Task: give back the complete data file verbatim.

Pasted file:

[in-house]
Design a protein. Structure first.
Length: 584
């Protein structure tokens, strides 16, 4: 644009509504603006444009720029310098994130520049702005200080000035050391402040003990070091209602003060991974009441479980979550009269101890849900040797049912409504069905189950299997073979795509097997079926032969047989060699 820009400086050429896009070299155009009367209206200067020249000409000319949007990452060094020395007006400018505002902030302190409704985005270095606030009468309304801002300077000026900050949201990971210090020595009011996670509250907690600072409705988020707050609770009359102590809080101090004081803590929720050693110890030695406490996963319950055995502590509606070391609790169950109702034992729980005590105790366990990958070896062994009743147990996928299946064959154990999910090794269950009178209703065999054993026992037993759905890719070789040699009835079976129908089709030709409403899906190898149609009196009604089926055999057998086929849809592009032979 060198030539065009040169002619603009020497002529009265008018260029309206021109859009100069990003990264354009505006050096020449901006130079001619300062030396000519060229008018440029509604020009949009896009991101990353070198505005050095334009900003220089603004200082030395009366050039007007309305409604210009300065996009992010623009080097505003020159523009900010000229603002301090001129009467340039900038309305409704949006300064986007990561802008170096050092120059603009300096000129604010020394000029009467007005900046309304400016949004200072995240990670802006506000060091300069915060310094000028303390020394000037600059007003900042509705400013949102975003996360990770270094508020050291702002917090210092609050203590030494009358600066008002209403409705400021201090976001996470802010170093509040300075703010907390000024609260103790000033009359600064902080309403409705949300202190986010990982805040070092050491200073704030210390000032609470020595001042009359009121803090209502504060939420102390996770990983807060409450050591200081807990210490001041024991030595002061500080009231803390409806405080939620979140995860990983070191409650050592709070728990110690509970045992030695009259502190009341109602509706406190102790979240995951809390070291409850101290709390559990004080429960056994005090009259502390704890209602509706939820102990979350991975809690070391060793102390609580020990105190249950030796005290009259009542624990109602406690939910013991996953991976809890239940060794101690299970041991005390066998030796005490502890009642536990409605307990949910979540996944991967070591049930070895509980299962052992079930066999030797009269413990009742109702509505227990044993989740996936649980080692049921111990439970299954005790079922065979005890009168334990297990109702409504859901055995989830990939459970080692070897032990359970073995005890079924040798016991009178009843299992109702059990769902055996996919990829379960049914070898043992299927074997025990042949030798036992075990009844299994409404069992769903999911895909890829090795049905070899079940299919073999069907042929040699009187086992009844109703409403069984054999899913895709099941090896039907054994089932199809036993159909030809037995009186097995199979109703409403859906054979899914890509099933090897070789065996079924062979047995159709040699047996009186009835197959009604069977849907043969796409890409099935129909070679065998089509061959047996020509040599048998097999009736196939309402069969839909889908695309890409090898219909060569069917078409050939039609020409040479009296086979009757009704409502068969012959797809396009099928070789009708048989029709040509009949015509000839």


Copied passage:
[in-house]
Design a protein. Structure first.
Length: 584
């Protein structure tokens, strides 16, 4: 644009509504603006444009720029310098994130520049702005200080000035050391402040003990070091209602003060991974009441479980979550009269101890849900040797049912409504069905189950299997073979795509097997079926032969047989060699 820009400086050429896009070299155009009367209206200067020249000409000319949007990452060094020395007006400018505002902030302190409704985005270095606030009468309304801002300077000026900050949201990971210090020595009011996670509250907690600072409705988020707050609770009359102590809080101090004081803590929720050693110890030695406490996963319950055995502590509606070391609790169950109702034992729980005590105790366990990958070896062994009743147990996928299946064959154990999910090794269950009178209703065999054993026992037993759905890719070789040699009835079976129908089709030709409403899906190898149609009196009604089926055999057998086929849809592009032979 060198030539065009040169002619603009020497002529009265008018260029309206021109859009100069990003990264354009505006050096020449901006130079001619300062030396000519060229008018440029509604020009949009896009991101990353070198505005050095334009900003220089603004200082030395009366050039007007309305409604210009300065996009992010623009080097505003020159523009900010000229603002301090001129009467340039900038309305409704949006300064986007990561802008170096050092120059603009300096000129604010020394000029009467007005900046309304400016949004200072995240990670802006506000060091300069915060310094000028303390020394000037600059007003900042509705400013949102975003996360990770270094508020050291702002917090210092609050203590030494009358600066008002209403409705400021201090976001996470802010170093509040300075703010907390000024609260103790000033009359600064902080309403409705949300202190986010990982805040070092050491200073704030210390000032609470020595001042009359009121803090209502504060939420102390996770990983807060409450050591200081807990210490001041024991030595002061500080009231803390409806405080939620979140995860990983070191409650050592709070728990110690509970045992030695009259502190009341109602509706406190102790979240995951809390070291409850101290709390559990004080429960056994005090009259502390704890209602509706939820102990979350991975809690070391060793102390609580020990105190249950030796005290009259009542624990109602406690939910013991996953991976809890239940060794101690299970041991005390066998030796005490502890009642536990409605307990949910979540996944991967070591049930070895509980299962052992079930066999030797009269413990009742109702509505227990044993989740996936649980080692049921111990439970299954005790079922065979005890009168334990297990109702409504859901055995989830990939459970080692070897032990359970073995005890079924040798016991009178009843299992109702059990769902055996996919990829379960049914070898043992299927074997025990042949030798036992075990009844299994409404069992769903999911895909890829090795049905070899079940299919073999069907042929040699009187086992009844109703409403069984054999899913895709099941090896039907054994089932199809036993159909030809037995009186097995199979109703409403859906054979899914890509099933090897070789065996079924062979047995159709040699047996009186009835197959009604069977849907043969796409890409099935129909070679065998089509061959047996020509040599048998097999009736196939309402069969839909889908695309890409090898219909060569069917078409050939039609020409040479009296086979009757009704409502068969012959797809396009099928070789009708048989029709040509009949015509000839």